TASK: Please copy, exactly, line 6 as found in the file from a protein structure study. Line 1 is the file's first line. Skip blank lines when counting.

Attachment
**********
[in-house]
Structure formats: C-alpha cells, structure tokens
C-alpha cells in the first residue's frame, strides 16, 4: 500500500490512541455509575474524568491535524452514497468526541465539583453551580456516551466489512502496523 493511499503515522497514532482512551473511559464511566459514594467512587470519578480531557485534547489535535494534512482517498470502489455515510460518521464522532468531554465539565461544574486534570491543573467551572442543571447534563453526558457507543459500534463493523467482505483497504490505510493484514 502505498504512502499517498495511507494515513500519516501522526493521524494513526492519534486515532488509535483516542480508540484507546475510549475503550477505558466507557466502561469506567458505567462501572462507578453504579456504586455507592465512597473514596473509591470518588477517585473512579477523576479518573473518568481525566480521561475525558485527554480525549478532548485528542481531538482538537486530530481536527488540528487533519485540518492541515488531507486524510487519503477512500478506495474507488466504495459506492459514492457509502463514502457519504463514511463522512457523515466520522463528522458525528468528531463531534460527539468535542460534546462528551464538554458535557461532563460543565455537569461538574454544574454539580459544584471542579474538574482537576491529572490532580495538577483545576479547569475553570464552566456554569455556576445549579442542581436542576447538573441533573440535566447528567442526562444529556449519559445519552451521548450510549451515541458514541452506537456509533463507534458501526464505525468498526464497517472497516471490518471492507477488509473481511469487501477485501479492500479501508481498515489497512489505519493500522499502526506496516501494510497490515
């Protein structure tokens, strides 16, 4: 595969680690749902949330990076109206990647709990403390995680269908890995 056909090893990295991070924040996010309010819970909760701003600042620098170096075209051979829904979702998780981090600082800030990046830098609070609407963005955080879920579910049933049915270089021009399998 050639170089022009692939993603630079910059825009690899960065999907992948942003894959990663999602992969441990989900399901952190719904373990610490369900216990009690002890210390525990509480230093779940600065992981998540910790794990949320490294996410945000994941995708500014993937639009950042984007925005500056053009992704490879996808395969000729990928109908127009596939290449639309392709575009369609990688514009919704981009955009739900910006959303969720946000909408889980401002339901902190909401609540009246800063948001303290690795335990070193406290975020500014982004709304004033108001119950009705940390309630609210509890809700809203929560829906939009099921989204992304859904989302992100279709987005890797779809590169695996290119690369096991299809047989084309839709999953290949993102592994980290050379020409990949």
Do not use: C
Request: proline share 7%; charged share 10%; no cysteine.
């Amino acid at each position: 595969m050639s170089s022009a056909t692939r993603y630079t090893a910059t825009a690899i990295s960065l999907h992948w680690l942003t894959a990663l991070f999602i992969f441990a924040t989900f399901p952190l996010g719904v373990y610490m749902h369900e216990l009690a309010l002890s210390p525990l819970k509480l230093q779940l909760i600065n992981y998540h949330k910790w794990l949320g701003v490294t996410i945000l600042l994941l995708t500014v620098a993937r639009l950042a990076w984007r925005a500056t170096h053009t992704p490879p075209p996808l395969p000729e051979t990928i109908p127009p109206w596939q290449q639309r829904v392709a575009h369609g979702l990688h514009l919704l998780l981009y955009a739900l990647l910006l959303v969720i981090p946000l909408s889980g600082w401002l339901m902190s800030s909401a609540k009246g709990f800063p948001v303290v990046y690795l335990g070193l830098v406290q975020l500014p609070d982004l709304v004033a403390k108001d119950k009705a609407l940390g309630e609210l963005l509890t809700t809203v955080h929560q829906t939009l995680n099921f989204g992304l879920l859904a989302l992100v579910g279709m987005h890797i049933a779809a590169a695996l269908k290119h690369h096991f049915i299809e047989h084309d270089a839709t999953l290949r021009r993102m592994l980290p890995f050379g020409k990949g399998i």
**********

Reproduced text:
Request: proline share 7%; charged share 10%; no cysteine.